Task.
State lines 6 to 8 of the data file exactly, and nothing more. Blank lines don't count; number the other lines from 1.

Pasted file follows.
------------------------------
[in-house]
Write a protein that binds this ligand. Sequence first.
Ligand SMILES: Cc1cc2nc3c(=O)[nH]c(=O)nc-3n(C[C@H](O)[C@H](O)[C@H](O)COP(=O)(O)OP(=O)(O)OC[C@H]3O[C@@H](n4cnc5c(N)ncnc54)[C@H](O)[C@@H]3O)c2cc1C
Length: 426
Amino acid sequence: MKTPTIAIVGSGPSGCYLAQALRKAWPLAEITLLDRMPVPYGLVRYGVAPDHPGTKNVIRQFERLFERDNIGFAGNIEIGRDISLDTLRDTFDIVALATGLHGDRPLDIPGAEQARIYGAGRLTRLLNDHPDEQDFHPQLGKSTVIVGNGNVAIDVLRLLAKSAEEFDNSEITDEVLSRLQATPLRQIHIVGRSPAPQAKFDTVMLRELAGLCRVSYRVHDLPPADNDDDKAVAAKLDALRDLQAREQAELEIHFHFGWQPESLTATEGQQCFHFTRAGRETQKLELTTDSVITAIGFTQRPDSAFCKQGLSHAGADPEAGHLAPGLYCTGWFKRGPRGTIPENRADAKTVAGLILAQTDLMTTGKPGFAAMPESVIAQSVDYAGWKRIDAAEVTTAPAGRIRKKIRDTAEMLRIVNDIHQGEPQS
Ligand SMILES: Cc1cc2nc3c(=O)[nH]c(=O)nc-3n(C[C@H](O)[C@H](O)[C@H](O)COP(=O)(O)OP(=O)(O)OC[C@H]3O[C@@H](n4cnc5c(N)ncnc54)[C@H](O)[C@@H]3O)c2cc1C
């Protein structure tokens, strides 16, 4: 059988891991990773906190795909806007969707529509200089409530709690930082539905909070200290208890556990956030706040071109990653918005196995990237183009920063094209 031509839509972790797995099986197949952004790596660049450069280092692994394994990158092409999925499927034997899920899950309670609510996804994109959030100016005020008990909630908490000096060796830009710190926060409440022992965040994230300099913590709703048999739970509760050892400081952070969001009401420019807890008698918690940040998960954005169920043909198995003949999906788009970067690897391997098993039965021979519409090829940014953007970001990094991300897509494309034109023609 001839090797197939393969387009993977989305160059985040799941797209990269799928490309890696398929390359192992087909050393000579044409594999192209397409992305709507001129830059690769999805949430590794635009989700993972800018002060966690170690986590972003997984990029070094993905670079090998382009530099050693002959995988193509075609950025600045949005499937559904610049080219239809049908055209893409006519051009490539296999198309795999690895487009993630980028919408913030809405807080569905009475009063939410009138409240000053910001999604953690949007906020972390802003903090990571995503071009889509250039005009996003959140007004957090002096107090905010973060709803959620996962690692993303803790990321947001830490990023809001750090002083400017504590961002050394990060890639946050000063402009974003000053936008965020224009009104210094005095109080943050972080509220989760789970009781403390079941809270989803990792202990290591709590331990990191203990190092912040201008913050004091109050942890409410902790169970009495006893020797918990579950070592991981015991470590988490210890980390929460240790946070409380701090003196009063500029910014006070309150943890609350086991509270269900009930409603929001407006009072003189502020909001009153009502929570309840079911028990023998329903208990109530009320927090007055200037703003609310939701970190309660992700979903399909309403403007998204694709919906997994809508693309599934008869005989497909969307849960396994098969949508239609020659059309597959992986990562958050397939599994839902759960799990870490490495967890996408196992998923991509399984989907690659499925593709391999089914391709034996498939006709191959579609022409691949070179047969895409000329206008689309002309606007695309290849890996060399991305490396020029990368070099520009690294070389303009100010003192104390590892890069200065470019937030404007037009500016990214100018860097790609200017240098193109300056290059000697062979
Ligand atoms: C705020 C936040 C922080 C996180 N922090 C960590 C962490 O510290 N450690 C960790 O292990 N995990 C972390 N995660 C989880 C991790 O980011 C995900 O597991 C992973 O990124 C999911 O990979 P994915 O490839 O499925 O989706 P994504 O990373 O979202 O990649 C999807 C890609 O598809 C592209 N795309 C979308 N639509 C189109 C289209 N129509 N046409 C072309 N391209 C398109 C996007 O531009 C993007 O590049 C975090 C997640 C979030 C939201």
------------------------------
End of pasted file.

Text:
Ligand SMILES: Cc1cc2nc3c(=O)[nH]c(=O)nc-3n(C[C@H](O)[C@H](O)[C@H](O)COP(=O)(O)OP(=O)(O)OC[C@H]3O[C@@H](n4cnc5c(N)ncnc54)[C@H](O)[C@@H]3O)c2cc1C
């Protein structure tokens, strides 16, 4: 059988891991990773906190795909806007969707529509200089409530709690930082539905909070200290208890556990956030706040071109990653918005196995990237183009920063094209 031509839509972790797995099986197949952004790596660049450069280092692994394994990158092409999925499927034997899920899950309670609510996804994109959030100016005020008990909630908490000096060796830009710190926060409440022992965040994230300099913590709703048999739970509760050892400081952070969001009401420019807890008698918690940040998960954005169920043909198995003949999906788009970067690897391997098993039965021979519409090829940014953007970001990094991300897509494309034109023609 001839090797197939393969387009993977989305160059985040799941797209990269799928490309890696398929390359192992087909050393000579044409594999192209397409992305709507001129830059690769999805949430590794635009989700993972800018002060966690170690986590972003997984990029070094993905670079090998382009530099050693002959995988193509075609950025600045949005499937559904610049080219239809049908055209893409006519051009490539296999198309795999690895487009993630980028919408913030809405807080569905009475009063939410009138409240000053910001999604953690949007906020972390802003903090990571995503071009889509250039005009996003959140007004957090002096107090905010973060709803959620996962690692993303803790990321947001830490990023809001750090002083400017504590961002050394990060890639946050000063402009974003000053936008965020224009009104210094005095109080943050972080509220989760789970009781403390079941809270989803990792202990290591709590331990990191203990190092912040201008913050004091109050942890409410902790169970009495006893020797918990579950070592991981015991470590988490210890980390929460240790946070409380701090003196009063500029910014006070309150943890609350086991509270269900009930409603929001407006009072003189502020909001009153009502929570309840079911028990023998329903208990109530009320927090007055200037703003609310939701970190309660992700979903399909309403403007998204694709919906997994809508693309599934008869005989497909969307849960396994098969949508239609020659059309597959992986990562958050397939599994839902759960799990870490490495967890996408196992998923991509399984989907690659499925593709391999089914391709034996498939006709191959579609022409691949070179047969895409000329206008689309002309606007695309290849890996060399991305490396020029990368070099520009690294070389303009100010003192104390590892890069200065470019937030404007037009500016990214100018860097790609200017240098193109300056290059000697062979
Ligand atoms: C705020 C936040 C922080 C996180 N922090 C960590 C962490 O510290 N450690 C960790 O292990 N995990 C972390 N995660 C989880 C991790 O980011 C995900 O597991 C992973 O990124 C999911 O990979 P994915 O490839 O499925 O989706 P994504 O990373 O979202 O990649 C999807 C890609 O598809 C592209 N795309 C979308 N639509 C189109 C289209 N129509 N046409 C072309 N391209 C398109 C996007 O531009 C993007 O590049 C975090 C997640 C979030 C939201």